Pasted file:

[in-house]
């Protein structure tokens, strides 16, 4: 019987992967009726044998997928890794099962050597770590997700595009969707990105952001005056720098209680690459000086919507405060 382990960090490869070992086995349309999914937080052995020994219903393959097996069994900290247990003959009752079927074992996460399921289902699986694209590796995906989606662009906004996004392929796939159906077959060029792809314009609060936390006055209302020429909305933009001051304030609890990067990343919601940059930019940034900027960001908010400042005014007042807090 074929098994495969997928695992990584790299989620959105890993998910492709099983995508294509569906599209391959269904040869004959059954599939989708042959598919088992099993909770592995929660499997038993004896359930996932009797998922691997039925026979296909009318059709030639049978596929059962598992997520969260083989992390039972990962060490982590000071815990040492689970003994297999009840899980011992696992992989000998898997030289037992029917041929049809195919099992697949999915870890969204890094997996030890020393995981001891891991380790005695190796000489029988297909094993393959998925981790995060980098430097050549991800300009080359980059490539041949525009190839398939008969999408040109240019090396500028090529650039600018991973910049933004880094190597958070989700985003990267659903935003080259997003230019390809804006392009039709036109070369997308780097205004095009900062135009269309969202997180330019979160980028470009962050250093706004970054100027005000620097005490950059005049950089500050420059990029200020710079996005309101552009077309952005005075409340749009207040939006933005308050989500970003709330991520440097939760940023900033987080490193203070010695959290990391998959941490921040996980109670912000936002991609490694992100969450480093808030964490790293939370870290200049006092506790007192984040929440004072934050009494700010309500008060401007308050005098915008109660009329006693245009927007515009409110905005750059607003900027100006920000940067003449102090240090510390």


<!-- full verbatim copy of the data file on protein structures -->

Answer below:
[in-house]
């Protein structure tokens, strides 16, 4: 019987992967009726044998997928890794099962050597770590997700595009969707990105952001005056720098209680690459000086919507405060 382990960090490869070992086995349309999914937080052995020994219903393959097996069994900290247990003959009752079927074992996460399921289902699986694209590796995906989606662009906004996004392929796939159906077959060029792809314009609060936390006055209302020429909305933009001051304030609890990067990343919601940059930019940034900027960001908010400042005014007042807090 074929098994495969997928695992990584790299989620959105890993998910492709099983995508294509569906599209391959269904040869004959059954599939989708042959598919088992099993909770592995929660499997038993004896359930996932009797998922691997039925026979296909009318059709030639049978596929059962598992997520969260083989992390039972990962060490982590000071815990040492689970003994297999009840899980011992696992992989000998898997030289037992029917041929049809195919099992697949999915870890969204890094997996030890020393995981001891891991380790005695190796000489029988297909094993393959998925981790995060980098430097050549991800300009080359980059490539041949525009190839398939008969999408040109240019090396500028090529650039600018991973910049933004880094190597958070989700985003990267659903935003080259997003230019390809804006392009039709036109070369997308780097205004095009900062135009269309969202997180330019979160980028470009962050250093706004970054100027005000620097005490950059005049950089500050420059990029200020710079996005309101552009077309952005005075409340749009207040939006933005308050989500970003709330991520440097939760940023900033987080490193203070010695959290990391998959941490921040996980109670912000936002991609490694992100969450480093808030964490790293939370870290200049006092506790007192984040929440004072934050009494700010309500008060401007308050005098915008109660009329006693245009927007515009409110905005750059607003900027100006920000940067003449102090240090510390």